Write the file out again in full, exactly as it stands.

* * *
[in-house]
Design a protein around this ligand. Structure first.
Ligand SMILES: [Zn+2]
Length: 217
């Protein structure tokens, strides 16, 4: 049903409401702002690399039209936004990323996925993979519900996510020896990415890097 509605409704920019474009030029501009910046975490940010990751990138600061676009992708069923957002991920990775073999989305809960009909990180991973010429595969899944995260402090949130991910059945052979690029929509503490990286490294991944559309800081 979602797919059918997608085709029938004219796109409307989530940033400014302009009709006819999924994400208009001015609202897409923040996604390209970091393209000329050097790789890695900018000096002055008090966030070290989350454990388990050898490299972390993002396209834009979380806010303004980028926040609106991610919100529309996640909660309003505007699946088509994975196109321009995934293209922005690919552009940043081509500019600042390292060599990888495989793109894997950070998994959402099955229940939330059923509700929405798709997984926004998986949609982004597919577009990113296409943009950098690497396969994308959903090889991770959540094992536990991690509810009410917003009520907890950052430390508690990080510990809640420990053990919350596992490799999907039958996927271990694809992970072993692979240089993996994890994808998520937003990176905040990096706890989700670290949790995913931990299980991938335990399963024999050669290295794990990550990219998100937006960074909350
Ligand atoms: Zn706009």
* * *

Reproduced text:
[in-house]
Design a protein around this ligand. Structure first.
Ligand SMILES: [Zn+2]
Length: 217
């Protein structure tokens, strides 16, 4: 049903409401702002690399039209936004990323996925993979519900996510020896990415890097 509605409704920019474009030029501009910046975490940010990751990138600061676009992708069923957002991920990775073999989305809960009909990180991973010429595969899944995260402090949130991910059945052979690029929509503490990286490294991944559309800081 979602797919059918997608085709029938004219796109409307989530940033400014302009009709006819999924994400208009001015609202897409923040996604390209970091393209000329050097790789890695900018000096002055008090966030070290989350454990388990050898490299972390993002396209834009979380806010303004980028926040609106991610919100529309996640909660309003505007699946088509994975196109321009995934293209922005690919552009940043081509500019600042390292060599990888495989793109894997950070998994959402099955229940939330059923509700929405798709997984926004998986949609982004597919577009990113296409943009950098690497396969994308959903090889991770959540094992536990991690509810009410917003009520907890950052430390508690990080510990809640420990053990919350596992490799999907039958996927271990694809992970072993692979240089993996994890994808998520937003990176905040990096706890989700670290949790995913931990299980991938335990399963024999050669290295794990990550990219998100937006960074909350
Ligand atoms: Zn706009």